“Snow was falling,
so much like stars
filling the dark trees
that one could imagine
its reason for being was nothing more
Last summer, a young couple bought the house across the street from me. It was previously owned by an old couple named Baggett; he, a retired train engineer for Southern Railroad, she, a Sunday School teacher. The basement was filled with model train layouts, so my sons loved to go over there and watch trains, both large and small, zoom around the tracks. Mr. Baggett died about twenty years ago after a long decline during which he became irascible and difficult for Mrs. Baggett to handle. When he died, she had a celebratory ice cream social for the entire neighborhood—my sons remember that with great amusement. After many years, her children moved Mrs. Baggett to Florida so she could be close to them, and the house sat empty. Her grandson came to live in the basement apartment for a number of years after graduate school, then he, too, moved on. When Mrs. Baggett died, her children came, cleared out the house and put it on the market. This young couple—she, a doctor, he, a church musician—bought it almost overnight.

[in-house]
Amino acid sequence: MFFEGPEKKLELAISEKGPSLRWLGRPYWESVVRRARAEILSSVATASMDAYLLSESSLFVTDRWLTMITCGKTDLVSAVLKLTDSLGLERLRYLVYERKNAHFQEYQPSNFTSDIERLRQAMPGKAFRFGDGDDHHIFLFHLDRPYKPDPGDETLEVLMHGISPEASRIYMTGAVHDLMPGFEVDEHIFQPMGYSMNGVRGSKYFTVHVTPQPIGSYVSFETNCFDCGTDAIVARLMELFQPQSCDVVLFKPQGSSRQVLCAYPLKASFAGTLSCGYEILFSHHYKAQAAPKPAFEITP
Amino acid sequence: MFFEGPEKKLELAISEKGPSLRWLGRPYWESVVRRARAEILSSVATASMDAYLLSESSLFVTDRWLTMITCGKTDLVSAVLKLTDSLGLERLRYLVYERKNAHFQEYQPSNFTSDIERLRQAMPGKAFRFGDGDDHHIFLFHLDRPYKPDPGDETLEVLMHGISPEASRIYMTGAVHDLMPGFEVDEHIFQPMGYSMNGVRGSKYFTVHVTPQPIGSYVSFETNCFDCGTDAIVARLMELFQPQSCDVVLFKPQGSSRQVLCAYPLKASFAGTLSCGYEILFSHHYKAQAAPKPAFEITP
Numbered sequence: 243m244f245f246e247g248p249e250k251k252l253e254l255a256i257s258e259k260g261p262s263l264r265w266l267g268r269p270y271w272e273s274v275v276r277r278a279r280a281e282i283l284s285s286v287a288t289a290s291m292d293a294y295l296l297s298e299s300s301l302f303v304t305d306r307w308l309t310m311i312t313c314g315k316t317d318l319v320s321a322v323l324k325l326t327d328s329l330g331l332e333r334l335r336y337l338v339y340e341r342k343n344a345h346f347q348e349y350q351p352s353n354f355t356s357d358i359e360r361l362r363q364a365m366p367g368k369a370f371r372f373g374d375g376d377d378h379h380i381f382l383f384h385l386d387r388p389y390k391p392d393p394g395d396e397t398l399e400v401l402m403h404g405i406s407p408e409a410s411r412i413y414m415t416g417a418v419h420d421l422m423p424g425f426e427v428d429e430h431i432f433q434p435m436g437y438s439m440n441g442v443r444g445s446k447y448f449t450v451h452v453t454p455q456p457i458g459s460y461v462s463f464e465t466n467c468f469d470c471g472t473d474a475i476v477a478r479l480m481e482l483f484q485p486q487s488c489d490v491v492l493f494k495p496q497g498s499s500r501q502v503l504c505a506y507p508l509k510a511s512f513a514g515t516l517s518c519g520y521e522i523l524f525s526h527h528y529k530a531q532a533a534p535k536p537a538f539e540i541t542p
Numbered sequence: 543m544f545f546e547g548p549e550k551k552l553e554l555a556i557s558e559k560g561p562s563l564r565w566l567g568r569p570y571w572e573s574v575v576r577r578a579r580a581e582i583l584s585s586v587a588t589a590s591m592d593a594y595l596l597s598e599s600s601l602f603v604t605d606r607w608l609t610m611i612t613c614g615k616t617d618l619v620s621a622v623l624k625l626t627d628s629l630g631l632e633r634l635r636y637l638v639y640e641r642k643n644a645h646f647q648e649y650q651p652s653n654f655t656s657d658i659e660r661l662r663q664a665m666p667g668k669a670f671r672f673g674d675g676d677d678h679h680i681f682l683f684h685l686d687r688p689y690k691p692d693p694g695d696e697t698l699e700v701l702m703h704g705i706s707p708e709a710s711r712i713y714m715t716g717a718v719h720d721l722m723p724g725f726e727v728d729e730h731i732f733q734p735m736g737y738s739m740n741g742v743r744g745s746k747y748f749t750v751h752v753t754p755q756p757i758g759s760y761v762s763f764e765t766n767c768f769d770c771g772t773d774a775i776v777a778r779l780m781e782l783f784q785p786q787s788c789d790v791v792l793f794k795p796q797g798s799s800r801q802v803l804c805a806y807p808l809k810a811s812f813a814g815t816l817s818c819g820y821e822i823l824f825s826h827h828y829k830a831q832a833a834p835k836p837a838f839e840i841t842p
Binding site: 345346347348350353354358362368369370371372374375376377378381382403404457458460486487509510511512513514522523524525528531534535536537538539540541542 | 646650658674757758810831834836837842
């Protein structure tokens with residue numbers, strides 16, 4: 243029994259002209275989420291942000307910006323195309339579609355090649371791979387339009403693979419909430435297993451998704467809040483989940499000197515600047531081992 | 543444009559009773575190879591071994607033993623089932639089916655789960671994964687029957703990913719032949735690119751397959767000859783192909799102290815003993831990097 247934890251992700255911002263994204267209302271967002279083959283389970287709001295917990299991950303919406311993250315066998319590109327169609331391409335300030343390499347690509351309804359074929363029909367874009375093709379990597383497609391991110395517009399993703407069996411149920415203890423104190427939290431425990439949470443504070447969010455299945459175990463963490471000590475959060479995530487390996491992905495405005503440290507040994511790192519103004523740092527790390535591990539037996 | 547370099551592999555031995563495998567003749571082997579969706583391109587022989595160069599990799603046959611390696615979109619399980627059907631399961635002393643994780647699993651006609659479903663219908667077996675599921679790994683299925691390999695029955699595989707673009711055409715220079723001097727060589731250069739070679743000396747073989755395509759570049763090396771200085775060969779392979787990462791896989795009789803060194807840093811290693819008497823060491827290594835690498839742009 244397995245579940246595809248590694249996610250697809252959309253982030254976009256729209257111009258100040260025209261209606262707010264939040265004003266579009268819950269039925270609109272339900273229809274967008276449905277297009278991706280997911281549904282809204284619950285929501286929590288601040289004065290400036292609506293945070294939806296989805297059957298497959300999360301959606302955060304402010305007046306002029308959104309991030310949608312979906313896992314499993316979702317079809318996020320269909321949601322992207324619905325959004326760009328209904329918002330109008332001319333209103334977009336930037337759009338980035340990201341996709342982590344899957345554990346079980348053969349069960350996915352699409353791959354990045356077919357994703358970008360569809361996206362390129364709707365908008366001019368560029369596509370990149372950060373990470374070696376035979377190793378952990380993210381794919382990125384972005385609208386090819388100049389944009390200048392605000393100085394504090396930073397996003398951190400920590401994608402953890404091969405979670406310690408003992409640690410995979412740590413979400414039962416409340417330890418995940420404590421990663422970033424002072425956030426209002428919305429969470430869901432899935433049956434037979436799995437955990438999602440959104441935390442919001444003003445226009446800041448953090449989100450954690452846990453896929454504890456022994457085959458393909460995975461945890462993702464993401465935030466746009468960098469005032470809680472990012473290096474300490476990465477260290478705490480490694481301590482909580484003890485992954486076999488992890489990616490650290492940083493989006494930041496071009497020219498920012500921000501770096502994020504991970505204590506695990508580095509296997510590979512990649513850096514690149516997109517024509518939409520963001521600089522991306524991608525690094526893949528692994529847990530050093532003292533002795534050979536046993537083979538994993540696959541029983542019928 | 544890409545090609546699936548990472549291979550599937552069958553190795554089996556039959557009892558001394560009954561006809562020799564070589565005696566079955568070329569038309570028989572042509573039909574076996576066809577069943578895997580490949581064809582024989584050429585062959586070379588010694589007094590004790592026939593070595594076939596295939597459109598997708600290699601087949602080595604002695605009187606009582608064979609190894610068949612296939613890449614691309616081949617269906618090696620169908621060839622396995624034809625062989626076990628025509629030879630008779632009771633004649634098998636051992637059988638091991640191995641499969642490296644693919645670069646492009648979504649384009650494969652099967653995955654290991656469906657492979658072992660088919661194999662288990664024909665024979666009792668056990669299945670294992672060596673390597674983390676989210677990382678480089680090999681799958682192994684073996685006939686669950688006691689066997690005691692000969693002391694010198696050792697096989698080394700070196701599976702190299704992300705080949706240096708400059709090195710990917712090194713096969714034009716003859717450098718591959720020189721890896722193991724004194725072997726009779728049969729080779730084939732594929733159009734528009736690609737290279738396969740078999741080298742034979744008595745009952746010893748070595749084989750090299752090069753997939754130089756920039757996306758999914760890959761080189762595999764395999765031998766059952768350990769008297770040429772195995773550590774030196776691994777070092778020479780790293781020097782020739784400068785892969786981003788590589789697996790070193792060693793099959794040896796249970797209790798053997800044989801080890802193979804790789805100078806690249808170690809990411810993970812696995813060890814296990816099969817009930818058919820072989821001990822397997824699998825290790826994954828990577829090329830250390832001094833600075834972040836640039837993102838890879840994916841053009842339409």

Within a month, they had painted it inside and out, redone the kitchen and the basement, and transformed the yard into something attractive. They removed the wrought iron burglar bars from the windows, and added a new open-glass door. The exterior had been yellow rock and brick, natural colors. The paint they applied appeared to be pale gray, trimmed with black, very handsome, very modern. I liked it. Then within a couple more months, they'd added a baby boy to the household, and suddenly we have a whole family—the circle of life, ever turning.
This morning, with snow on the ground and roof, I see that the house is actually cream-colored, in fact, almost yellow. How does snow do that? How did a simple change in light, a roof gone from black to white, show an entirely different color on the house. 'Tis a mystery of the universe!
Snow is the universal, soft, white, cozy blanket; the great changer of motion and activity. Someone posted on Facebook that there will be a bumper crop of babies in October, 2017. A friend, who works at a local Walgreen's, confirmed that, in fact, sales of alcohol and condoms was up on Thursday. Along with milk and bread, snow necessities, I suppose.
What I love is the turning—of life and death, of movement and stasis. This is the ultimate cycle of birth, growth, reproduction, death, rebirth, resurrection happening to a neighborhood and to a people. It confirms that all is not lost, life goes on, and all things change in their season.
In the Spirit,